Officials from AEP-Southwestern Electric Power Co. were in Longview last week to seek support for wind and solar energy and for reducing dependence on coal.

The Shreveport-based utility has proposed a plan over the next 20 years to increase its use of wind energy from 9 percent to 26 percent, solar energy from 0 percent to 10 percent and natural gas from 7 percent to 19 percent while reducing reliance on coal from 83 percent to 44 percent.

The proposed wind energy project with SWEPCO’s sister company in Oklahoma would add 810 megawatts of wind energy, enough to serve 200,000 homes and save customers $2 billion over the 30-year lifespan of wind energy sites, according information from SWEPCO.

Carey Sullivan, corporate communications director for SWEPCO, spoke at Pinecrest Country Club at a luncheon for about 30 people, including officials from area cities.

She told the officials about the benefits of a project that calls for building three wind energy sites in Oklahoma: Sundance, Maverick and Traverse.

Sullivan and Mark Robinson, external affairs director for SWEPCO in Longview, also fielded questions during the luncheon.

“We have long-range plans” for clean energy,” Sullivan said. “We are trying to change our energy mix.”

Sullivan said SWEPCO currently relies on 469 megawatts from wind energy.

She said the Oklahoma project requires support from public utility commissions in Texas, Louisiana and Arkansas.

She said the next step in Texas is a public hearing before an administrative law judge, who will forward a recommendation to the Public Utility Commission for a ruling in July.

Responding to a question, Sullivan said, “I see no downside” to the project.

Responding to comments about subsidies intended to stimulate wind energy development to make it more competitive with fossil fuels, Robinson said area residents are paying taxes that benefit subsidized rates elsewhere.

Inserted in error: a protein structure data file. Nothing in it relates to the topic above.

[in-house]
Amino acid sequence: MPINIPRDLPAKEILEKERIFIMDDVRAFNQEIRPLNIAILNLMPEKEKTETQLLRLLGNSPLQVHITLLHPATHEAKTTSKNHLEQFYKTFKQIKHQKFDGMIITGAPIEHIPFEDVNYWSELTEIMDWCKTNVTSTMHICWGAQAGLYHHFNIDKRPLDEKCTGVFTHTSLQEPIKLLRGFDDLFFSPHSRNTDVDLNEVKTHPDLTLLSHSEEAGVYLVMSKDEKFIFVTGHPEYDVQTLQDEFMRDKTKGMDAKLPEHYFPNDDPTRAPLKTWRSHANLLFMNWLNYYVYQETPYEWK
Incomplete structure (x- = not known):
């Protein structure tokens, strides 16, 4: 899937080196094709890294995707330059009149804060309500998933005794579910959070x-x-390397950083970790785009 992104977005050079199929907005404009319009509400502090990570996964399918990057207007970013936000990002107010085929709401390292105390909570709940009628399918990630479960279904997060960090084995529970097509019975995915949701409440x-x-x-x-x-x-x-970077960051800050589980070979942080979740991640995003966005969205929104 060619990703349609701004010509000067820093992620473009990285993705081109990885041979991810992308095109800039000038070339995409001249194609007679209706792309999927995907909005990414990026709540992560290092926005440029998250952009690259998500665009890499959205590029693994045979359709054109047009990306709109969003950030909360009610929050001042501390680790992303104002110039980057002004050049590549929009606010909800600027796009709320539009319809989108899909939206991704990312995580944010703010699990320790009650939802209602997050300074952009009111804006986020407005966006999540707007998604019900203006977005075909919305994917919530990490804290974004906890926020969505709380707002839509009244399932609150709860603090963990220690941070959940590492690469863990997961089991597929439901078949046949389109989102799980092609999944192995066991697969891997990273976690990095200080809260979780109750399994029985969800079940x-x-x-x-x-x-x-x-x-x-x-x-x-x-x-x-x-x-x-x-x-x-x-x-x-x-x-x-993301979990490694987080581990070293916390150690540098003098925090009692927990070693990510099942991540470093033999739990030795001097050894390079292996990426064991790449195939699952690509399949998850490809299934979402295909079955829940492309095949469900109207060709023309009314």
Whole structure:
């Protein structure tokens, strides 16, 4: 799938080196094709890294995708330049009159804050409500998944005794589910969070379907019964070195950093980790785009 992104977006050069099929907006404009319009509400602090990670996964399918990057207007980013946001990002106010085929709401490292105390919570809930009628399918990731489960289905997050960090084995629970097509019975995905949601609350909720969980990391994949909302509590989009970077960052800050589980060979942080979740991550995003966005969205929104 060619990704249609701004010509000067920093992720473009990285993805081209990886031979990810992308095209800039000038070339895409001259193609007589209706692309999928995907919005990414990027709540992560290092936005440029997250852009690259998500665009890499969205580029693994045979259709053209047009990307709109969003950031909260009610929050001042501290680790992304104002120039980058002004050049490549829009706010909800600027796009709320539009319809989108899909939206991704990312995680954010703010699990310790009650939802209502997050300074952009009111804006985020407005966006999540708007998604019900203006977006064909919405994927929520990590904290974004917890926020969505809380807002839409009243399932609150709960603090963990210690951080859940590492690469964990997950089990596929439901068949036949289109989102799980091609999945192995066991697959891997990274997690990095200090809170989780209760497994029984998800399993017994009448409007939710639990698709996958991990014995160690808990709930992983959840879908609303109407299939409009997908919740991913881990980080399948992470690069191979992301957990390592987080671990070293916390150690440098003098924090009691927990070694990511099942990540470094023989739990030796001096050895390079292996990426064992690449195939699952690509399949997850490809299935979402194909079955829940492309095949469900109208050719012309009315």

Robinson said coal will be going away as an energy source in the next 30 years, but said SWEPCO is not planning to shut down power plants because of wind power.

He said SWEPCO operates three coal-fired power plants in Texas: Henry W. Pirkey in Hallsville, J. Robert Welsh in Titus County and Frank M. Wilkes in Avinger. The company also operates the Knox Lee Gas Power Plant in South Longview.

City managers Greg Hutson of Gilmer and Josh Selleck of Kilgore afterward said they thought SWEPCO answered some of their concerns over whether the use of wind energy would increase costs to ratepayers.

“I’ve always heard wind energy is so much more expensive, but my concerns were allayed,” Hutson said. “I think the jury is still out.”

Selleck said Kilgore is part of the Cities Advocating Reasonable Deregulation coalition.

“The goal (from CARD) is to get many guarantees from this project so our ratepayers are protected,” he said.

SWEPCO serves a total of 536,300 customers in the tri-state area, including 185,000 in Texas, according to its website.

For information on the projects, go to